((alaaqah dil kaa likhvaa))egaa daftar haath se tere
tajarrud ke jariido;N me;N qalam-saa fard hogaa tuu

1) it will cause to be written an account-book of the correspondence/commerce of the heart, by your hand
2) in the registers/'barenesses' of solitude, you will be, like a pen/writing, a singularity/record/statement



((alaaqah : 'Attachment, connection, dependence, relation, affinity; concern, interest; part; reference, bearing (to), relevancy; commerce (with), intercourse, correspondence, communication'. (Platts p.763)


daftar : 'A roll, scroll, list; an index; a bundle of papers or written documents tied together in a cloth; a record, register, journal, book, volume, account-book'. (Platts p.519)


tajarrud : 'Stripping or denuding oneself; cutting oneself off from society, living in solitude; solitude; celibacy'. (Platts p.311)


jariidah : 'Bare; solitary, alone, separate, unattended (when travelling), unencumbered; —s.m. A tally (by which to keep accounts); account-book; register; volume, book'. (Platts p.380)


qalam : 'A reed; reed-pen, pen; a pencil; a painter's brush;... ;—a mode of writing, character, handwriting'. (Platts p.794)


fard : 'Single, sole, only, one (and no more); singular; odd; unique, unequalled, incomparable; ...  a single sheet or strip (of paper); ... a draft (of an account); a register, record, statement, account-sheet'. (Platts p.778)

S. R. Faruqi:

In this verse there's such a 'hot market' for affinities and wordplay as would scarcely be found anywhere. Thus ((alaaqah means 'relationship', but ((alaaqah likhvaanaa also means 'to record a land or realm, etc., in someone's name'. Thus ((alaaqah has an affinity with likhvaanaa , and they both have an affinity with daftar (because when there's an ((alaaqah , then there will also be a daftar with an account of its papers, notes, income and expenses).

Then, tere haath se likhvaa))egaa -- that is, it will compel you to write, to go on writing. The meaning of tajarrud is 'solitude', and the meaning of jariidah is daftar , or a journal or newspaper. But tajarrud also means 'unmarried'. Thus 'solitude' is of two kinds. And in the records [daftar] of solitude too, you will be fard (that is, 'single, alone', and 'unique'). But daftar also means 'list', and a solitary verse is also called fard , and a piece of paper too is called fard , and then fard also means 'individual person'. (For example, us makaan me;N chaar fard rahte hai;N .)

Then, with regard to the affinity of likhvaanaa , daftar , jariidah , and fard itself, there is qalam . And there's an affinity too between tajarrud and qalam , because a pen is straight like the letter alif , and alif is a symbol of ek , which is usually alone. (For this reason, alif is also a symbol of oneness.) If we take qalam-saa to be Persian, then the meaning emerges [from saayiidan] as 'rubbing/rubber of a pen'. That is, 'in the offices of solitude, you alone will be pen-rubbing'.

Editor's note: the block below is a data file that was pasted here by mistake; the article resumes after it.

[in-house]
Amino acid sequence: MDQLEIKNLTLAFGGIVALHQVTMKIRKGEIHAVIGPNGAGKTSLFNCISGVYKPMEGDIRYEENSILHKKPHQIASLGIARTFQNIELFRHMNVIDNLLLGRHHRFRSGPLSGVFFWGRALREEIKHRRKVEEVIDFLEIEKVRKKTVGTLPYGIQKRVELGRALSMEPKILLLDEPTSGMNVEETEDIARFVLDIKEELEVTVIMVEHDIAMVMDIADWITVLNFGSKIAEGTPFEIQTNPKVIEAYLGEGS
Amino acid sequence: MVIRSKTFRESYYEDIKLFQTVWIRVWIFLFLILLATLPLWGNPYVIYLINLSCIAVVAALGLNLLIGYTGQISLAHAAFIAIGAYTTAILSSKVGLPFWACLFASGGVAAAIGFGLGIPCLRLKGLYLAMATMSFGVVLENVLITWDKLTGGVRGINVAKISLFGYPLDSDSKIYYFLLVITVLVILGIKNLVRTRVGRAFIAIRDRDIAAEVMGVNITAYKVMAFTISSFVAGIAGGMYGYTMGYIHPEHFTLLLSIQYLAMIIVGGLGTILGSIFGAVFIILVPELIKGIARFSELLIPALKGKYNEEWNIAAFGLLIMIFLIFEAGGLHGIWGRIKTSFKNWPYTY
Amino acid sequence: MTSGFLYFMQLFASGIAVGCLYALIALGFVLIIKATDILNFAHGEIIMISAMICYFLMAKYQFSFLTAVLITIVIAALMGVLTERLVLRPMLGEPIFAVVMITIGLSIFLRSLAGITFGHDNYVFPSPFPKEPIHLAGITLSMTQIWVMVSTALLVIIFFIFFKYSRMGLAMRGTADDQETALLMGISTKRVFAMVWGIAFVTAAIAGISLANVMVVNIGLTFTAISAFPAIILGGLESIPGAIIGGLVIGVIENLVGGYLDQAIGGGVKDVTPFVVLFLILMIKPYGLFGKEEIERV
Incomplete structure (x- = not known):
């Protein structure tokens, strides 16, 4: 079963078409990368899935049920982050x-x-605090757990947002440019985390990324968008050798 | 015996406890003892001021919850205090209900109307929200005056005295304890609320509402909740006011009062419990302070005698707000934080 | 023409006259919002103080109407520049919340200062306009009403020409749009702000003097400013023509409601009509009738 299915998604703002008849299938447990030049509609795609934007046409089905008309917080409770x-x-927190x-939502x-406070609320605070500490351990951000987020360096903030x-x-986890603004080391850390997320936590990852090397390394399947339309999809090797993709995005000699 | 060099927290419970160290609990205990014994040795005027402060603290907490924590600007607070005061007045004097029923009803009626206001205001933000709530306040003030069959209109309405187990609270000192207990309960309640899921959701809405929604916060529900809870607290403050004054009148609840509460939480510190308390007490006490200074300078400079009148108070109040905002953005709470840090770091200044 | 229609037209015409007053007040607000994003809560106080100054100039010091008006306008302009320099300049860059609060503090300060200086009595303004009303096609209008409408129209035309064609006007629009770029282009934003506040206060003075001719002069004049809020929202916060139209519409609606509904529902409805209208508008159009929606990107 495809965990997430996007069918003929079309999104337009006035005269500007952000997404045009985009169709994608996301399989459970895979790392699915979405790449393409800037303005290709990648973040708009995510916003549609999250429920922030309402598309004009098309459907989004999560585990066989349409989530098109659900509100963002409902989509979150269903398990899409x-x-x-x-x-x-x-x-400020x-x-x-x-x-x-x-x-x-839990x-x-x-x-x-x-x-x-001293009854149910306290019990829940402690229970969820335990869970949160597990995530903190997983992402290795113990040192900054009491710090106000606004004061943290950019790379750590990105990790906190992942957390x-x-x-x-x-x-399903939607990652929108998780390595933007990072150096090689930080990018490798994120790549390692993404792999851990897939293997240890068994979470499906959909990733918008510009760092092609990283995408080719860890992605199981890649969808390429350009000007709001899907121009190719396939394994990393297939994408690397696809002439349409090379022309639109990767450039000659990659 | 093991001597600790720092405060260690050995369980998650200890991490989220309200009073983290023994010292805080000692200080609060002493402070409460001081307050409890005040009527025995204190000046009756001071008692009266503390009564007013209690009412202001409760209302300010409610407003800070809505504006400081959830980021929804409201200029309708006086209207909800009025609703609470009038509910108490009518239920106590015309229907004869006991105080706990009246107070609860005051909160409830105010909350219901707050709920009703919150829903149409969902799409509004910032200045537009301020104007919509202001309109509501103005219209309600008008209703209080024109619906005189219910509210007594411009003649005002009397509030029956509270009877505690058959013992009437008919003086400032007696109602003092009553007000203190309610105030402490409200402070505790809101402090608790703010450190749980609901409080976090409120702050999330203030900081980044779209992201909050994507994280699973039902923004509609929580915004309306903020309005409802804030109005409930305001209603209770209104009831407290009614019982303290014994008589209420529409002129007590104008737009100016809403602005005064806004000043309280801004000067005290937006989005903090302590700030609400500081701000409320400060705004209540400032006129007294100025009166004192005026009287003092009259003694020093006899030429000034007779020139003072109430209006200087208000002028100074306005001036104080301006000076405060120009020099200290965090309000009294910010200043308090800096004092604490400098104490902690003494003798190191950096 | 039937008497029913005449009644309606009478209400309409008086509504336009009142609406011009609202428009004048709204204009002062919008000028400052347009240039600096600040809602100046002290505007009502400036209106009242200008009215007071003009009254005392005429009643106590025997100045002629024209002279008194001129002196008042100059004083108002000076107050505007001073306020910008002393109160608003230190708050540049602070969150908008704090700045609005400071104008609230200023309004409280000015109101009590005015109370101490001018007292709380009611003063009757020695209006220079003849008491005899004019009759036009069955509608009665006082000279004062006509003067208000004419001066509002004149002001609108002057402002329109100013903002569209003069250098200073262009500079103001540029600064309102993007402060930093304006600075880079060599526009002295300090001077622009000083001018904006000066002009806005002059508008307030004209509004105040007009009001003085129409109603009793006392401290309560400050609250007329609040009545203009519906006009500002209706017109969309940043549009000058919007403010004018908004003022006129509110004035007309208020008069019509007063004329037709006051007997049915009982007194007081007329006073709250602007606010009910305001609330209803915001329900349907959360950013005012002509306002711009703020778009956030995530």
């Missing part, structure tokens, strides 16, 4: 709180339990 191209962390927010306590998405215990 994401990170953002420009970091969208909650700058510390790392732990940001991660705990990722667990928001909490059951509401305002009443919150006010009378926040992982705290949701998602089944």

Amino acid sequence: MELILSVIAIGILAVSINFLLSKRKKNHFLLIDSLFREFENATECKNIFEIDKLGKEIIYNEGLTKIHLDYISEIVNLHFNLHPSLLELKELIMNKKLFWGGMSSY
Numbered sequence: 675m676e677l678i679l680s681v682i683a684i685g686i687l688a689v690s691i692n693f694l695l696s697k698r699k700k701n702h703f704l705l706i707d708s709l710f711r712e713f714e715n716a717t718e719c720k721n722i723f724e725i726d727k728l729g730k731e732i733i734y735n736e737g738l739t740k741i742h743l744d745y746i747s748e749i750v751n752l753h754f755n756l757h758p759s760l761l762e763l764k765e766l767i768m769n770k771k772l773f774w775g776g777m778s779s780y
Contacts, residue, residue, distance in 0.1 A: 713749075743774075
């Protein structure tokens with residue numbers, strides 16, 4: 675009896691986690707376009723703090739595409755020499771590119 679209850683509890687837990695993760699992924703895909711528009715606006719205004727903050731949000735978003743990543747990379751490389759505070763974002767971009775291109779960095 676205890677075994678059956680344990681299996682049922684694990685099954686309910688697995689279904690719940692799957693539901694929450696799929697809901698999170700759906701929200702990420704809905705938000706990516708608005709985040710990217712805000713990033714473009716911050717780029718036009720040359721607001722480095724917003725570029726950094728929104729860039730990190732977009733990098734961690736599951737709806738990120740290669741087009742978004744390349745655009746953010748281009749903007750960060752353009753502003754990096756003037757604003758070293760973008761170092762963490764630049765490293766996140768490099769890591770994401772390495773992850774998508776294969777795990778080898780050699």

In short, it's a singular picture-gallery, in which the intellect is stupefied. To call the pen 'solitary' is Mir's invention. For in [the dictionary] bahaar-e ((ajam there's no mention of it. Why he has called the pen 'solitary', I have already explained above. Then, there's also the point that the pen goes on moving forward, and its written words go on being left behind. This too is a proof of its solitude.

In the third divan, Mir himself has said [{1227,4}]:

uns agar un nau-;xa:taan-e shahr se man:zuur hai
apnii parchhaa))ii;N se bhii juu;N ;xaamah tum va;hshat karo

[if you seek affection from those newly-downy-cheeked ones of the city
show wildness/panic toward your own shadow, as a pen does]

This verse is not very good. He has brought in the pen because of the affinity with nau-;xa:taan [since ;xa:t also means 'line, handwriting, letter'], that's all. But at the present verse, Shakespeare himself would have been entranced.



SRF considers this to be a 'continuous' ghazal; for discussion, see {910,1}.

This verse indeed demands to be part of at least a 'verse-sequence', if not a 'continuous ghazal', because within the verse itself we have no subject for the first line. Who or what will 'cause you to write'? Only from verse {910,2} can we learn that the subject is 'passion' (or perhaps, technically, the 'practice of passion'). And only from verse {910,1} can we learn why 'passion' will be able to do this.

Here's a verse so utterly criss-crossed with fault lines of wordplay that you could break it almost anywhere and take it in several directions, for various permutations of meaning. It makes my head spin! It's almost entirely untranslatable, as you can see from my clumsy and overloaded-- but still very incomplete!-- attempt above.